Head et al. reply

  title={Head et al. reply},
  author={Jason J. Head and Jonathan I. Bloch and Alexander K. Hastings and Jason R. Bourque and Edwin Alberto Cadena and Fabiany Herrera and P. D. Polly and Carlos Jaramillo},
Replying to: J. M. K. Sniderman 460, 10.1038/nature08222 (2009); A. M. Makarieva, V. G. Gorshkov & B.-L. Li 460, 10.1038/nature08223 (2009); M. W. Denny, B. L. Lockwood & G. N. Somero 460, 10.1038/nature08224 (2009)Denny et al. and Sniderman question our use of body size in Titanoboa cerrejonensis as an equatorial temperature proxy during the Palaeocene, and Makarieva et al. suggest an adjustment to our temperature estimates. Denny et al. misinterpret the physiological model of our study and… 
A new blunt-snouted dyrosaurid, Anthracosuchus balrogus gen. et sp. nov. (Crocodylomorpha, Mesoeucrocodylia), from the Palaeocene of Colombia
A new exceptionally brevirostrine dyrosaurid is described from the middle Palaeocene Cerrejón Formation, northeastern Colombia, based on four partial skulls and associated postcrania, which indicates a deviation from surface-based predation to sub-surface predation as in modern Gavialis.
Global Warming and Neotropical Rainforests: A Historical Perspective
There is concern over the future of the tropical rainforest (TRF) in the face of global warming. Will TRFs collapse? The fossil record can inform us about that. Our compilation of 5,998 empirical
140 Million Years of Tropical Biome Evolution
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Recent glaciation at high elevations on Arsia Mons, Mars: Implications for the formation and evolution of large tropical mountain glaciers
[1] The ∼166,000 km2 fan-shaped deposit at Arsia Mons contains three characteristic facies (ridged, knobby, and smooth), which are interpreted as the depositional remains of a cold-based glacier that


Biased reptilian palaeothermometer?
It is shown that Varanus (Megalania) prisca, a large extinct lizard that lived in eastern Australia during the Late Pleistocene, was 3–4 times longer than predicted by the largest lizard species in the tropics today, which suggests that the scarcity of large predatory reptiles today may primarily be a function of competition with mammalian carnivores, rather than afunction of modern temperatures.
Re-calibrating the snake palaeothermometer
Arising from: J. J. Head et al. 457, 715–717 (2009)10.1038/nature07671; Head et al. replyIn a recent study a new proxy for palaeoclimate reconstructions was proposed on the basis of a theoretical
Can the giant snake predict palaeoclimate?
It is suggested that because of its ability to behaviourally control its body temperature, Titanoboa cannot serve as an accurate palaeothermometer.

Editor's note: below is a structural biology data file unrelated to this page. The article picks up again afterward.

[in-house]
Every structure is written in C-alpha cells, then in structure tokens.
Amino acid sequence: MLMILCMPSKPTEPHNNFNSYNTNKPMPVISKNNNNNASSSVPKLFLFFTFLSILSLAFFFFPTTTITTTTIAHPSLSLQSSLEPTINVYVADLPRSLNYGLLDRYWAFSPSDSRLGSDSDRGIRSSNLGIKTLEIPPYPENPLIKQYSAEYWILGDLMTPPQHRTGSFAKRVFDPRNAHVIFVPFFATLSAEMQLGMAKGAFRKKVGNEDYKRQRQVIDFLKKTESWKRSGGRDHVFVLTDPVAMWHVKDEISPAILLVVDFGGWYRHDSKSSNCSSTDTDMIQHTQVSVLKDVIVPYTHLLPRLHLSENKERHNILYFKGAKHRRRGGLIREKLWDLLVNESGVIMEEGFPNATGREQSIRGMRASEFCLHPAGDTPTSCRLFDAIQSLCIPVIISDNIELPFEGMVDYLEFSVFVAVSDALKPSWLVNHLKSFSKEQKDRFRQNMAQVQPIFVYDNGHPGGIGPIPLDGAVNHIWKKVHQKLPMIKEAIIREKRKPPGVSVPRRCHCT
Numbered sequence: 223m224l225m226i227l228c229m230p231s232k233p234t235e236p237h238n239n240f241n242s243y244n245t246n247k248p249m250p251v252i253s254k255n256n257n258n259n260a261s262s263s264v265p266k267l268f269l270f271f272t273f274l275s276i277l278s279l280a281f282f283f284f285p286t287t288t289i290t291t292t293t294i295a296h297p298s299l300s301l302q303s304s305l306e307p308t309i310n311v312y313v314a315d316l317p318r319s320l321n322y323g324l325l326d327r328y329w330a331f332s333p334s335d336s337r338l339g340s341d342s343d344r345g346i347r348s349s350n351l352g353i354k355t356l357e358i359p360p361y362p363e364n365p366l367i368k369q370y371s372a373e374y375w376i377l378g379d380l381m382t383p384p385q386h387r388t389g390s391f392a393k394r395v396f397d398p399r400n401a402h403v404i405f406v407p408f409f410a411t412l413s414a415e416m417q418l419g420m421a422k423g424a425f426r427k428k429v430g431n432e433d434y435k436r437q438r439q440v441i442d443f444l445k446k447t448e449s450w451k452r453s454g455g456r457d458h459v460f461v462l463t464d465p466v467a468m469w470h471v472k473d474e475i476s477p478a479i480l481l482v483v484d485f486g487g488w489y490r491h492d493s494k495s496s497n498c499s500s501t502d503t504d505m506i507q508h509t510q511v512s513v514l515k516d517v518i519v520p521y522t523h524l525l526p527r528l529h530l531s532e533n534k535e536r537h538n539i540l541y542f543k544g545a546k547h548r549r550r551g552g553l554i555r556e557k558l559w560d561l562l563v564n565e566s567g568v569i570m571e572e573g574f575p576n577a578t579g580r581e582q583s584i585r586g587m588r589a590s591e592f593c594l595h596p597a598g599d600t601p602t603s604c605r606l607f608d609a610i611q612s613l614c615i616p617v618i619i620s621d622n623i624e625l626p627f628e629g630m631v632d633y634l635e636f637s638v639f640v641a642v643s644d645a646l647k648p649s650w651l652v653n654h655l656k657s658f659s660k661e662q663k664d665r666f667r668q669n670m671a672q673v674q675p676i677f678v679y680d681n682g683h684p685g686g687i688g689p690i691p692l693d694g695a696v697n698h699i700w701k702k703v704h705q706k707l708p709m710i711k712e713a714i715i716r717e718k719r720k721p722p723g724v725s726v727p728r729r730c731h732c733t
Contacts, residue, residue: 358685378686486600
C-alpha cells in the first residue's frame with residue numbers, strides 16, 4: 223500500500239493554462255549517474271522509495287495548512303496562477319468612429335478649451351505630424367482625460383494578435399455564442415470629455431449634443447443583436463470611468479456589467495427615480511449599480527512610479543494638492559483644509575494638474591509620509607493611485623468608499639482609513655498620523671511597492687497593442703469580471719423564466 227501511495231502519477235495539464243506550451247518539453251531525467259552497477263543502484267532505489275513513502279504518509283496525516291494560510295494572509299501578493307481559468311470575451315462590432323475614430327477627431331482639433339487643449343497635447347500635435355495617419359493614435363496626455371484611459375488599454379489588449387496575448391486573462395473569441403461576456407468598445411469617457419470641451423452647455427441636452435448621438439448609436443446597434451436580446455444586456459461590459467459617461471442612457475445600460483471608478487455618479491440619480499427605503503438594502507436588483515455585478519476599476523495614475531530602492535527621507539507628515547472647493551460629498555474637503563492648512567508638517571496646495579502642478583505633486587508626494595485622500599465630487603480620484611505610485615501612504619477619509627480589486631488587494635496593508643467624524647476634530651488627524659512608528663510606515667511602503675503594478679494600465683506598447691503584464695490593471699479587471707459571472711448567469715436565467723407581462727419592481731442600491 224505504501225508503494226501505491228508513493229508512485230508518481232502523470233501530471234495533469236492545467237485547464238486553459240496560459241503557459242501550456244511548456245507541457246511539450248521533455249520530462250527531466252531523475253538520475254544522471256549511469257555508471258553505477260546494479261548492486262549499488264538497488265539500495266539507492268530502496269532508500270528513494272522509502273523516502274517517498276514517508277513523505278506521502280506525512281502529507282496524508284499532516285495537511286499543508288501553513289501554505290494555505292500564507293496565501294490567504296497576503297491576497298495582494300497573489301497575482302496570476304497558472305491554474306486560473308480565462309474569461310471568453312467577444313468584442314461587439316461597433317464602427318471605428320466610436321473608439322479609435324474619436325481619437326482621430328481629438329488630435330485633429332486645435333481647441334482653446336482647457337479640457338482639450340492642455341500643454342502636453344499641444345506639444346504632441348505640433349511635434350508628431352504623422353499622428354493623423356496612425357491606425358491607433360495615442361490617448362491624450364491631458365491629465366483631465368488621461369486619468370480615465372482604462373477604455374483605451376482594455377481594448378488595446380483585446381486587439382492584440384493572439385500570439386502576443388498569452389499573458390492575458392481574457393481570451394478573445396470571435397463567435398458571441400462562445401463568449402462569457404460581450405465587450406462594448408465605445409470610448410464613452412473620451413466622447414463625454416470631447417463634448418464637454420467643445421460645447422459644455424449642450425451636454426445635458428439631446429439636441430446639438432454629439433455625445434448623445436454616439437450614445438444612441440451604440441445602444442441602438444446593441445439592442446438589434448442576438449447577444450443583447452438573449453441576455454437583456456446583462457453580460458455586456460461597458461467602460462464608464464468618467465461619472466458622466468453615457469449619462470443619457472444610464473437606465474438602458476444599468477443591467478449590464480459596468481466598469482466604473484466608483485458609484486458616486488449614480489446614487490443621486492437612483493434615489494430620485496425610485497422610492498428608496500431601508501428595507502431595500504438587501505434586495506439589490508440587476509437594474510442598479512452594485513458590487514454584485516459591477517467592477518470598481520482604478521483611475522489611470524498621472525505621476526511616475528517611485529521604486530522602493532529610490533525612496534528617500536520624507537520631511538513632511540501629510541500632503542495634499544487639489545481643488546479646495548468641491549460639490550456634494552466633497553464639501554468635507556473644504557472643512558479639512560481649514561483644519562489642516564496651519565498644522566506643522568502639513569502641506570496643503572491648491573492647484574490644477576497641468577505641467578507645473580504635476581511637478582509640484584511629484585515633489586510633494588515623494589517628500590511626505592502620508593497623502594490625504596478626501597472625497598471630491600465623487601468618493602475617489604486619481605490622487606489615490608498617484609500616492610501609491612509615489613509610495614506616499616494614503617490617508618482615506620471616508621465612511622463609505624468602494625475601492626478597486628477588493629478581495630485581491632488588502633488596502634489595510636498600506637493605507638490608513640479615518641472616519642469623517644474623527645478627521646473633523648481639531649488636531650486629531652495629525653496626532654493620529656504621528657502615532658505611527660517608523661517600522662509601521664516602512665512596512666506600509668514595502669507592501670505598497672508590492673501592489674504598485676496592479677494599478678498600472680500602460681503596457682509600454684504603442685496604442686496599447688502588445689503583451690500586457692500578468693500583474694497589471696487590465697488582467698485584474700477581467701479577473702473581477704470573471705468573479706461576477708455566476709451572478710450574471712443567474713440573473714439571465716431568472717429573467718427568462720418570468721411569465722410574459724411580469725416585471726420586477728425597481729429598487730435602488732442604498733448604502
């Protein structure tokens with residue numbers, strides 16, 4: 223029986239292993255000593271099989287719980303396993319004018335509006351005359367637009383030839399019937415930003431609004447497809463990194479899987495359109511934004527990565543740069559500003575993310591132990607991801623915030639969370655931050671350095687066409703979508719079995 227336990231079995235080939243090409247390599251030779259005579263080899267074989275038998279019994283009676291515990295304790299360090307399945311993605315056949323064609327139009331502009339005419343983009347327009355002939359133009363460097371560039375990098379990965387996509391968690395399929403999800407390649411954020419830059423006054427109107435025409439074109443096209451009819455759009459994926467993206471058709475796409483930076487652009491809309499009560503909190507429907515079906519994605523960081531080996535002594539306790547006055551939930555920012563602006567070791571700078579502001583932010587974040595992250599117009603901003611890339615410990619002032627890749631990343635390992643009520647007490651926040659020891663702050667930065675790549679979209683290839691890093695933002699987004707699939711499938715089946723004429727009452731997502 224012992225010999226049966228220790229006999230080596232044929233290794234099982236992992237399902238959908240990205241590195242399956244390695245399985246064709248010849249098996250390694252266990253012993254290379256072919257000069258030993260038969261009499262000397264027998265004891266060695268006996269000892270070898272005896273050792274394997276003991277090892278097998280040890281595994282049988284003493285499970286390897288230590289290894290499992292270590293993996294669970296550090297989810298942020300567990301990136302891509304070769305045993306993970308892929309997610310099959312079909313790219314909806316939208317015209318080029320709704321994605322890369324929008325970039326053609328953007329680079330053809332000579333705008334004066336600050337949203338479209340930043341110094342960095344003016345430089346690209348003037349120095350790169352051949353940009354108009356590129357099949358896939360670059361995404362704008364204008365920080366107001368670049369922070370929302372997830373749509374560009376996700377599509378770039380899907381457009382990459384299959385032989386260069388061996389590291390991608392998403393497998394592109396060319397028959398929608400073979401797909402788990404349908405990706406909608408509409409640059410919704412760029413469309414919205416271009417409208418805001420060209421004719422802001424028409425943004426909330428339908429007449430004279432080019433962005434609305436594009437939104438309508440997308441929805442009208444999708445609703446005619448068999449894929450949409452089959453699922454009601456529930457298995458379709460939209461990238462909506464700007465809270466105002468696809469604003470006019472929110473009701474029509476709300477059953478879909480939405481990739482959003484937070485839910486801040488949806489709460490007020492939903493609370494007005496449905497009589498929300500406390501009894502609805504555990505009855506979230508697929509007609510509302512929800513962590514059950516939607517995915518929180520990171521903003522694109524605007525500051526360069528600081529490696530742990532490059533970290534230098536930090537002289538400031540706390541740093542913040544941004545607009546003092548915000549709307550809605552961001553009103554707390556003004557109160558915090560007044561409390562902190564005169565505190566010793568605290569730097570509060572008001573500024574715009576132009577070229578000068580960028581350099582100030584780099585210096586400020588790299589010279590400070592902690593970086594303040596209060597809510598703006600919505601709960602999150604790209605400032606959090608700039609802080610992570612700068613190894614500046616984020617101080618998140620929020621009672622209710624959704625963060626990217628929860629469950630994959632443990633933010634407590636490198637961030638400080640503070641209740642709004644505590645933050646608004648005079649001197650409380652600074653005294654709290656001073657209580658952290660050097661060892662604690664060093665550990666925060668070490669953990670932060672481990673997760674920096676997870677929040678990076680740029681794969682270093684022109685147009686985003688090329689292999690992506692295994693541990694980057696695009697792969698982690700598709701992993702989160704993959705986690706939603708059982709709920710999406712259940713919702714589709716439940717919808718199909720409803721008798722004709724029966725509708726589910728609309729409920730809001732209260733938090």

A note on metabolic rate dependence on body size in plants and animals.
The agreement about the ubiquity of a1⁄4 3/4 in the living world has recently been seriously challenged by extensive analyses of data unavailable at the time of adopting the ‘‘3/4 rule’’.
Monitors , Mammals , and Wallace ’ s Line
Although varanid lizards have achieved parity with mammals in many parts of the world, they exploit very different metabolic strategies and sensory mechanisms, and are properly regarded as convergent
Temperature-associated upper limits to body size in terrestrial poikilotherms
We show that the largest tropical species of terrestrial poikilotherms from 25 taxa exceed, in linear body size, the largest representatives of the same taxa from the temperate (e.g. Great Britain)
A review of terrestrial mammalian and reptilian carnivore ecology in Australian fossil faunas, and factors influencing their diversity: the myth of reptilian domination and its broader ramifications
  • S. Wroe
  • Environmental Science, Geography
  • 2002
The accelerating pace of discovery of new large mammalian carnivore species has undermined any prima facie case for reptilian supremacy regarding pre-Pleistocene Australia, and available data expose the uncommon and geographically restricted large contemporaneous reptiles as bit players.
The scaling and temperature dependence of vertebrate metabolism
There is no universal metabolic allometry and models that attempt to explain only quarter-power scaling of metabolic rate are unlikely to succeed, according to compiled SMR measurements for 938 species spanning six orders of magnitude variation in mass.
Giant boid snake from the Palaeocene neotropics reveals hotter past equatorial temperatures
Depositional environments and faunal composition of the Cerrejón Formation indicate an anaconda-like ecology for the giant snake, and an earliest Cenozoic origin of neotropical vertebrate faunas.
Hot limpets: predicting body temperature in a conductance-mediated thermal system
A simple heat-budget model of the limpet Lottia gigantea is proposed, which predicts the daily maximal body temperatures of live limpets within a fraction of a degree, suggesting that it may be a useful tool for exploring the thermal biology of limpets and for predicting effects of climate change.